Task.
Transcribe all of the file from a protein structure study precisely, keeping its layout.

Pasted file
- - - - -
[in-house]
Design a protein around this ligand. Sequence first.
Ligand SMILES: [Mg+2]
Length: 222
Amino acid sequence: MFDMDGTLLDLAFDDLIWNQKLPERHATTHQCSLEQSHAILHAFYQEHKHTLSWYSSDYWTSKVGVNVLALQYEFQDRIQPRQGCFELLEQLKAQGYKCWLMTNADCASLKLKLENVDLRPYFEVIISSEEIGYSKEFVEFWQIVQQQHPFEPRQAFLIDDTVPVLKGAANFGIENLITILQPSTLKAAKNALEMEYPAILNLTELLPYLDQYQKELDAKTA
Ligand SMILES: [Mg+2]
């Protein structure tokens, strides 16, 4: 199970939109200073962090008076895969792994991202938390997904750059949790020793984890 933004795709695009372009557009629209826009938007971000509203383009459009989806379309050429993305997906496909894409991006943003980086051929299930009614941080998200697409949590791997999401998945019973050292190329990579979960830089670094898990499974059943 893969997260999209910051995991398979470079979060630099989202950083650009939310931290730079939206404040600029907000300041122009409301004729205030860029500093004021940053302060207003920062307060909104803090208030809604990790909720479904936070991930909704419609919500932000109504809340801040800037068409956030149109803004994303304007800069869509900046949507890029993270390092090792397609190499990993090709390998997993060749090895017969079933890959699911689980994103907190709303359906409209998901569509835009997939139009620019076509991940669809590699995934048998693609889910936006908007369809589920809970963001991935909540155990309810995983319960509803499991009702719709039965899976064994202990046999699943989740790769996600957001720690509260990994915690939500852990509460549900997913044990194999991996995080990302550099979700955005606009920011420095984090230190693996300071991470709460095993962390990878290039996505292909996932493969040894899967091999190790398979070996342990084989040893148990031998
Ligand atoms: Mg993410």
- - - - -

[in-house]
Design a protein around this ligand. Sequence first.
Ligand SMILES: [Mg+2]
Length: 222
Amino acid sequence: MFDMDGTLLDLAFDDLIWNQKLPERHATTHQCSLEQSHAILHAFYQEHKHTLSWYSSDYWTSKVGVNVLALQYEFQDRIQPRQGCFELLEQLKAQGYKCWLMTNADCASLKLKLENVDLRPYFEVIISSEEIGYSKEFVEFWQIVQQQHPFEPRQAFLIDDTVPVLKGAANFGIENLITILQPSTLKAAKNALEMEYPAILNLTELLPYLDQYQKELDAKTA
Ligand SMILES: [Mg+2]
């Protein structure tokens, strides 16, 4: 199970939109200073962090008076895969792994991202938390997904750059949790020793984890 933004795709695009372009557009629209826009938007971000509203383009459009989806379309050429993305997906496909894409991006943003980086051929299930009614941080998200697409949590791997999401998945019973050292190329990579979960830089670094898990499974059943 893969997260999209910051995991398979470079979060630099989202950083650009939310931290730079939206404040600029907000300041122009409301004729205030860029500093004021940053302060207003920062307060909104803090208030809604990790909720479904936070991930909704419609919500932000109504809340801040800037068409956030149109803004994303304007800069869509900046949507890029993270390092090792397609190499990993090709390998997993060749090895017969079933890959699911689980994103907190709303359906409209998901569509835009997939139009620019076509991940669809590699995934048998693609889910936006908007369809589920809970963001991935909540155990309810995983319960509803499991009702719709039965899976064994202990046999699943989740790769996600957001720690509260990994915690939500852990509460549900997913044990194999991996995080990302550099979700955005606009920011420095984090230190693996300071991470709460095993962390990878290039996505292909996932493969040894899967091999190790398979070996342990084989040893148990031998
Ligand atoms: Mg993410």